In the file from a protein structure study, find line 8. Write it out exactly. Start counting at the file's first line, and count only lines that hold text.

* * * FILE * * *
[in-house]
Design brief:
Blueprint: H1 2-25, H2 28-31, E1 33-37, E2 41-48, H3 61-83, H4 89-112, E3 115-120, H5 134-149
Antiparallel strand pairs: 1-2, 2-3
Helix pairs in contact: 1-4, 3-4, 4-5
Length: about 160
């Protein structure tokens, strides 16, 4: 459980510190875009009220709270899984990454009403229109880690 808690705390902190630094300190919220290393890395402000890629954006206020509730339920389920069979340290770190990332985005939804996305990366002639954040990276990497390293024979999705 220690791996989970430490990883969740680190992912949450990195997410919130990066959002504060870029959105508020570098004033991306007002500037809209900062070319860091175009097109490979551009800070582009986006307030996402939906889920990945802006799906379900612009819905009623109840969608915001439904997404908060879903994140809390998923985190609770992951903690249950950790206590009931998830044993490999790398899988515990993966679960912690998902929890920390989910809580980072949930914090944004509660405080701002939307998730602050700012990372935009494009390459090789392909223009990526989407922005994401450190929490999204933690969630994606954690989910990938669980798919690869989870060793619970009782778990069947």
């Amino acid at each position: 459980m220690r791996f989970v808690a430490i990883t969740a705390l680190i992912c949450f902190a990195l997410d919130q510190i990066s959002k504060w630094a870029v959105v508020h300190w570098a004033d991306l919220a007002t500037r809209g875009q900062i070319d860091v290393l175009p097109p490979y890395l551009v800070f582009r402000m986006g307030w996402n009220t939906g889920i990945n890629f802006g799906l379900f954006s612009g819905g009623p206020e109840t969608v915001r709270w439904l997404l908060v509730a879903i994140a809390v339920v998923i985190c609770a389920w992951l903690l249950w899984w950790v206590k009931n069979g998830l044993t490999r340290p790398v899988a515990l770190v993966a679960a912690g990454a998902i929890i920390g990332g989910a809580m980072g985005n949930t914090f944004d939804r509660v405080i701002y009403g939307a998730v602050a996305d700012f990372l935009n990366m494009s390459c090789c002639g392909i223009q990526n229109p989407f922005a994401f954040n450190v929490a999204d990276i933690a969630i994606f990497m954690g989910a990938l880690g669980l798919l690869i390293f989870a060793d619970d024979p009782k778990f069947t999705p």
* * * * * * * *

């Amino acid at each position: 459980m220690r791996f989970v808690a430490i990883t969740a705390l680190i992912c949450f902190a990195l997410d919130q510190i990066s959002k504060w630094a870029v959105v508020h300190w570098a004033d991306l919220a007002t500037r809209g875009q900062i070319d860091v290393l175009p097109p490979y890395l551009v800070f582009r402000m986006g307030w996402n009220t939906g889920i990945n890629f802006g799906l379900f954006s612009g819905g009623p206020e109840t969608v915001r709270w439904l997404l908060v509730a879903i994140a809390v339920v998923i985190c609770a389920w992951l903690l249950w899984w950790v206590k009931n069979g998830l044993t490999r340290p790398v899988a515990l770190v993966a679960a912690g990454a998902i929890i920390g990332g989910a809580m980072g985005n949930t914090f944004d939804r509660v405080i701002y009403g939307a998730v602050a996305d700012f990372l935009n990366m494009s390459c090789c002639g392909i223009q990526n229109p989407f922005a994401f954040n450190v929490a999204d990276i933690a969630i994606f990497m954690g989910a990938l880690g669980l798919l690869i390293f989870a060793d619970d024979p009782k778990f069947t999705p």